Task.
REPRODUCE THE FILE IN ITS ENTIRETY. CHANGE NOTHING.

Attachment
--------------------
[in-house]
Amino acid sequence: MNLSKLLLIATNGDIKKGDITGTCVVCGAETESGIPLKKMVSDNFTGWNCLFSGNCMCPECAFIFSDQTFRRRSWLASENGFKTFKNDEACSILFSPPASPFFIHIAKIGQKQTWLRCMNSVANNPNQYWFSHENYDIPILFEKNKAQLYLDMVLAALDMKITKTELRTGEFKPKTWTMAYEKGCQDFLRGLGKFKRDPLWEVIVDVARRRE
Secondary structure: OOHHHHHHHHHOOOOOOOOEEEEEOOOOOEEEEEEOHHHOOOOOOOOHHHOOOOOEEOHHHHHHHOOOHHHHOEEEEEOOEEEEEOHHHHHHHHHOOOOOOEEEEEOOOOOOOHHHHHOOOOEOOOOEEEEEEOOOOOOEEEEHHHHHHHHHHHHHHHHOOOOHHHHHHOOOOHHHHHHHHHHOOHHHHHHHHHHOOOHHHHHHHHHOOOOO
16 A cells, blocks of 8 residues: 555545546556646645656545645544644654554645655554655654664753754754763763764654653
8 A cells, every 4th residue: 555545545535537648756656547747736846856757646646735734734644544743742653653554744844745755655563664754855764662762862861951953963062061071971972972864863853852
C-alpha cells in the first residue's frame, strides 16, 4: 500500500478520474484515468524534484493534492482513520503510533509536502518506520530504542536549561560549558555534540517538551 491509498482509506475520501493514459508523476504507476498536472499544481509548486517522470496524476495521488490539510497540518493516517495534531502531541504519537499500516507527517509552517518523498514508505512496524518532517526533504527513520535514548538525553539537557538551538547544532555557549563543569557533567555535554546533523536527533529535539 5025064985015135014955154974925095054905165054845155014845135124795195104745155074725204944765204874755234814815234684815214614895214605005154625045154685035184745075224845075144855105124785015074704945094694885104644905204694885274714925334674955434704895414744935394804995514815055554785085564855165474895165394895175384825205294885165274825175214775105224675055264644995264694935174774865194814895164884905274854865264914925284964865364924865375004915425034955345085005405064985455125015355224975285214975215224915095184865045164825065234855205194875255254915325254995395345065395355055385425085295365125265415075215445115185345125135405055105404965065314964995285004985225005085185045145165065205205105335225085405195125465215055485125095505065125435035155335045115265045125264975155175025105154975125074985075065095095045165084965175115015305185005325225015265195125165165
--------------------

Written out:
[in-house]
Amino acid sequence: MNLSKLLLIATNGDIKKGDITGTCVVCGAETESGIPLKKMVSDNFTGWNCLFSGNCMCPECAFIFSDQTFRRRSWLASENGFKTFKNDEACSILFSPPASPFFIHIAKIGQKQTWLRCMNSVANNPNQYWFSHENYDIPILFEKNKAQLYLDMVLAALDMKITKTELRTGEFKPKTWTMAYEKGCQDFLRGLGKFKRDPLWEVIVDVARRRE
Secondary structure: OOHHHHHHHHHOOOOOOOOEEEEEOOOOOEEEEEEOHHHOOOOOOOOHHHOOOOOEEOHHHHHHHOOOHHHHOEEEEEOOEEEEEOHHHHHHHHHOOOOOOEEEEEOOOOOOOHHHHHOOOOEOOOOEEEEEEOOOOOOEEEEHHHHHHHHHHHHHHHHOOOOHHHHHHOOOOHHHHHHHHHHOOHHHHHHHHHHOOOHHHHHHHHHOOOOO
16 A cells, blocks of 8 residues: 555545546556646645656545645544644654554645655554655654664753754754763763764654653
8 A cells, every 4th residue: 555545545535537648756656547747736846856757646646735734734644544743742653653554744844745755655563664754855764662762862861951953963062061071971972972864863853852
C-alpha cells in the first residue's frame, strides 16, 4: 500500500478520474484515468524534484493534492482513520503510533509536502518506520530504542536549561560549558555534540517538551 491509498482509506475520501493514459508523476504507476498536472499544481509548486517522470496524476495521488490539510497540518493516517495534531502531541504519537499500516507527517509552517518523498514508505512496524518532517526533504527513520535514548538525553539537557538551538547544532555557549563543569557533567555535554546533523536527533529535539 5025064985015135014955154974925095054905165054845155014845135124795195104745155074725204944765204874755234814815234684815214614895214605005154625045154685035184745075224845075144855105124785015074704945094694885104644905204694885274714925334674955434704895414744935394804995514815055554785085564855165474895165394895175384825205294885165274825175214775105224675055264644995264694935174774865194814895164884905274854865264914925284964865364924865375004915425034955345085005405064985455125015355224975285214975215224915095184865045164825065234855205194875255254915325254995395345065395355055385425085295365125265415075215445115185345125135405055105404965065314964995285004985225005085185045145165065205205105335225085405195125465215055485125095505065125435035155335045115265045125264975155175025105154975125074985075065095095045165084965175115015305185005325225015265195125165165